Facebook will ban any groups, pages or Instagram accounts that “represent” QAnon, the company announced Tuesday, in a sharp escalation of its attempt to crack down on the antisemitic conspiracy theory that has thrived on its platform.
The policy will apply to groups, pages or Instagram accounts whose names or descriptions suggest that they are dedicated to the QAnon movement, a Facebook spokesperson explained. It will not apply to individual content, nor to individual Instagram users who post frequently about QAnon but do not explicitly identify themselves as representing the QAnon movement.
The new, broader ban represents the second update to Facebook’s policy against QAnon in less than two months, and it signals that the company’s initial efforts were insufficient to curb the spread of a movement that has been identified as a potential domestic terror threat by the FBI.
Just two months ago, Facebook had no policy on QAnon, which is a baseless internet conspiracy theory whose followers believe, without evidence, that Donald Trump is waging a secret battle against an elite global cabal of child-traffickers.
The conspiracy theory began on the niche image boards 4chan and 8chan but exploded in popularity on Facebook and Instagram in recent months. Facebook’s recommendation algorithms encouraged cross-pollination between QAnon communities and groups dedicated to anti-vaccine or anti-mask activism, Donald Trump, New Age spirituality and wellness, among other topics.
The growing movement, which has its roots in antisemitic conspiracy theories such as the Protocols of the Elders of Zion, is increasingly influential among Republican voters and politicians. Trump has praised QAnon followers and refused to debunk its false claims. The movement has co-opted the hashtags #SaveTheChildren and #SaveOurChildren in a highly successful rebranding effort that helped introduce QAnon ideas to new audiences.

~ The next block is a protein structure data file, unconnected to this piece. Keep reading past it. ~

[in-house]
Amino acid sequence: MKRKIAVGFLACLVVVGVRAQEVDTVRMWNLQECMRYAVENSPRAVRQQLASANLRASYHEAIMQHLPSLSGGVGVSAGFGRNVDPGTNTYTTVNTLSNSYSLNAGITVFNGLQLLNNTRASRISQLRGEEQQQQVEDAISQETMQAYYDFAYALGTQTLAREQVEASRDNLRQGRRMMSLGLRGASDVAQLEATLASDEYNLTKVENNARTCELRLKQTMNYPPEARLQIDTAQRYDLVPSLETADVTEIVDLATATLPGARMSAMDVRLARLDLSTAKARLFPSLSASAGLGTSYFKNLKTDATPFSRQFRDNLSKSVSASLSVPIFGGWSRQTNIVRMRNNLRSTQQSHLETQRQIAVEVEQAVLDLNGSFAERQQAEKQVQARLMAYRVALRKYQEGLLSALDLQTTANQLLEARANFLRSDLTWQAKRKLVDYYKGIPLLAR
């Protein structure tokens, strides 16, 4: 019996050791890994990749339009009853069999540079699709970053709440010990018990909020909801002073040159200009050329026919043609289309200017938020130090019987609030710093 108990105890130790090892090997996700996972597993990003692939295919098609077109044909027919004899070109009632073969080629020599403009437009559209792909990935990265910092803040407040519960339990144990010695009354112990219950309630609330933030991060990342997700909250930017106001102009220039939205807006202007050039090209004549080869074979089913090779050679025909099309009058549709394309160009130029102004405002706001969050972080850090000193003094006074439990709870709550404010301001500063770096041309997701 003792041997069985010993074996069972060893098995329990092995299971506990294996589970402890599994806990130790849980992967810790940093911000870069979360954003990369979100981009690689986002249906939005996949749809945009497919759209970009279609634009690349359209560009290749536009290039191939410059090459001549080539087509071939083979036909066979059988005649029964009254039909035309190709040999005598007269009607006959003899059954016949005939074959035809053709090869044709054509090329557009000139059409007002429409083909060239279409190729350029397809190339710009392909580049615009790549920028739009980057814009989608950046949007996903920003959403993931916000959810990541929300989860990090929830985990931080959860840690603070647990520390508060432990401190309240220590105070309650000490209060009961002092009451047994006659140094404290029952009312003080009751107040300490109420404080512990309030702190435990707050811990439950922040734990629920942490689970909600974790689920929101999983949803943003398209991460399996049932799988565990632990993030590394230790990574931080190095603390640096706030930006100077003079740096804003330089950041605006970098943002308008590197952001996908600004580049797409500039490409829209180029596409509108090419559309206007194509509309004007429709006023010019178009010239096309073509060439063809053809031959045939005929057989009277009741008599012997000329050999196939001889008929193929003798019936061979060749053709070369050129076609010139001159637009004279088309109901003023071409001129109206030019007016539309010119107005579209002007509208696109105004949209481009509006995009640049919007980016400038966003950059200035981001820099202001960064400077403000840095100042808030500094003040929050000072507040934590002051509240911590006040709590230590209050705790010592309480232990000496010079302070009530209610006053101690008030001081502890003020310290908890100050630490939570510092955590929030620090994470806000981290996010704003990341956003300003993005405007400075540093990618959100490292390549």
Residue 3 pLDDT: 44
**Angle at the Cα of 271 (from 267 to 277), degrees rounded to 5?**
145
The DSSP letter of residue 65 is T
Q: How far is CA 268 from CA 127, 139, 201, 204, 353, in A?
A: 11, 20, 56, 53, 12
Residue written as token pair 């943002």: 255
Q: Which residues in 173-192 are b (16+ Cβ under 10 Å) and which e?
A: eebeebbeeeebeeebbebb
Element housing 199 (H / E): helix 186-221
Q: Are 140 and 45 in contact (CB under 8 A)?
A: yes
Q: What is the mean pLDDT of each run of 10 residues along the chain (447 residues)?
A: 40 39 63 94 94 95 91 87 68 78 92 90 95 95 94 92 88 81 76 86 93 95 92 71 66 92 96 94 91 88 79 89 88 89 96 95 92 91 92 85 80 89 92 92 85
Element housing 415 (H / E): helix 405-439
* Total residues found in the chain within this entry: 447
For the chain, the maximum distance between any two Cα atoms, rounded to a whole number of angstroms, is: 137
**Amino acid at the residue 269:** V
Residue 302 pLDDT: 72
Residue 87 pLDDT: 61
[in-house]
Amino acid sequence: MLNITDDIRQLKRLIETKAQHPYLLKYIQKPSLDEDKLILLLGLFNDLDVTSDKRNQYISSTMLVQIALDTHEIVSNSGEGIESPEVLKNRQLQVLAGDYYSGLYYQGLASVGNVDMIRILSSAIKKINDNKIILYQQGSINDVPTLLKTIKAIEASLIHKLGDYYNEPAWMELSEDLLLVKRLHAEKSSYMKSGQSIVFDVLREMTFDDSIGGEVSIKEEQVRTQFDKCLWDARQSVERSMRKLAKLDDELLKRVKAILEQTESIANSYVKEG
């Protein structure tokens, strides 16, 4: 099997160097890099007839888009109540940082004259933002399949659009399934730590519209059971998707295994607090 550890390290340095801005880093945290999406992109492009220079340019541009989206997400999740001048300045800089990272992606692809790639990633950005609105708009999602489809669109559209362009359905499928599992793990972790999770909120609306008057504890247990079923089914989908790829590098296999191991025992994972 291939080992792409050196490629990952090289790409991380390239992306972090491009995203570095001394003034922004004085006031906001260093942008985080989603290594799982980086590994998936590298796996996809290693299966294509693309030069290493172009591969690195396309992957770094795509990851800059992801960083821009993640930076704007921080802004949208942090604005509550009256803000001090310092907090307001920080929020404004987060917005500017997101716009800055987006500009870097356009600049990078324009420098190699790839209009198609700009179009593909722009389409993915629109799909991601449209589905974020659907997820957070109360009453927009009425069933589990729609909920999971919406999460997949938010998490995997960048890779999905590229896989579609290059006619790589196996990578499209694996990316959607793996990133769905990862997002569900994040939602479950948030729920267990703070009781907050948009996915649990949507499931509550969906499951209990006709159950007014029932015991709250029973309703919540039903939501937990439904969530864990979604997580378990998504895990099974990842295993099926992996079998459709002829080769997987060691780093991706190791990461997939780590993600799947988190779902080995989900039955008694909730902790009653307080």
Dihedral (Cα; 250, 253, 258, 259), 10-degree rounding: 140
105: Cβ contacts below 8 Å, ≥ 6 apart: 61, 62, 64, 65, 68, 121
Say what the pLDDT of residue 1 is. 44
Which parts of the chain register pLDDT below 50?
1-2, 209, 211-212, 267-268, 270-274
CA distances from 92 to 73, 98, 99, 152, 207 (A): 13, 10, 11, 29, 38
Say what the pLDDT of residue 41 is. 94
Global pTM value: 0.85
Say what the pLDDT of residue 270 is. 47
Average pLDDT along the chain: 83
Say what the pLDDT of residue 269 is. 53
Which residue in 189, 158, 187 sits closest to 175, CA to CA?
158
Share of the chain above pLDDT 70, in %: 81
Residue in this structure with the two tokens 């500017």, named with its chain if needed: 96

Facebook’s first attempt at a crackdown came on 19 August, when the company announced a host of restrictions on QAnon-promoting accounts that stopped short of an outright ban. Under those rules, in addition to removing QAnon groups from recommendation algorithms, Facebook said it would ban QAnon-themed groups, pages or Instagram accounts if they discussed potential violence. This led to the removal of more than 1,500 Facebook groups and pages, the company said on Tuesday.
“We’ve been vigilant in enforcing our policy and studying its impact on the platform but we’ve seen several issues that led to today’s update,” the company said in a blogpost. “For example, while we’ve removed QAnon content that celebrates and supports violence, we’ve seen other QAnon content tied to different forms of real world harm, including recent claims that the west coast wildfires were started by certain groups, which diverted attention of local officials from fighting the fires and protecting the public.”
The new rules will be enforced by Facebook’s Dangerous Organizations Operations team, the group that enforces Facebook’s bans on terrorist and hate groups. The team will “proactively detect content for removal instead of relying on user reports”, study the movement, and adjust to changes in terminology or tactics, the company said.
“QAnon messaging changes very quickly and we see networks of supporters build an audience with one message and then quickly pivot to another,” the company said. “We expect renewed attempts to evade our detection, both in behavior and content shared on our platform, so we will continue to study the impact of our efforts and be ready to update our policy and enforcement as necessary.”
The new policy against QAnon is not as strict as Facebook’s rules against the terror and hate groups it designates as “dangerous organizations”. The company is not banning individual users from posting in support of QAnon, for example, and the requirement for Instagram accounts to “represent” themselves as QAnon in order to be banned also leaves a large loophole for influencers who promote QAnon under their own identities. Many popular wellness influencers on Instagram have become major promoters of QAnon conspiracy theories.
A Facebook spokesperson acknowledged the loophole and said the company was still addressing how to deal with such accounts.
The QAnon movement has for months been preparing for a crackdown from social media platforms. Many Facebook groups began using codes – for instance, using “17” as a substitute for “Q” – as early as April. On 17 September, the anonymous internet poster who goes by “Q” and whose messages QAnon followers believe include clues to the vast supposed conspiracy, warned followers: “Deploy camouflage. Drop all references re: ‘Q’ ‘Qanon’ etc. to avoid ban/termination.”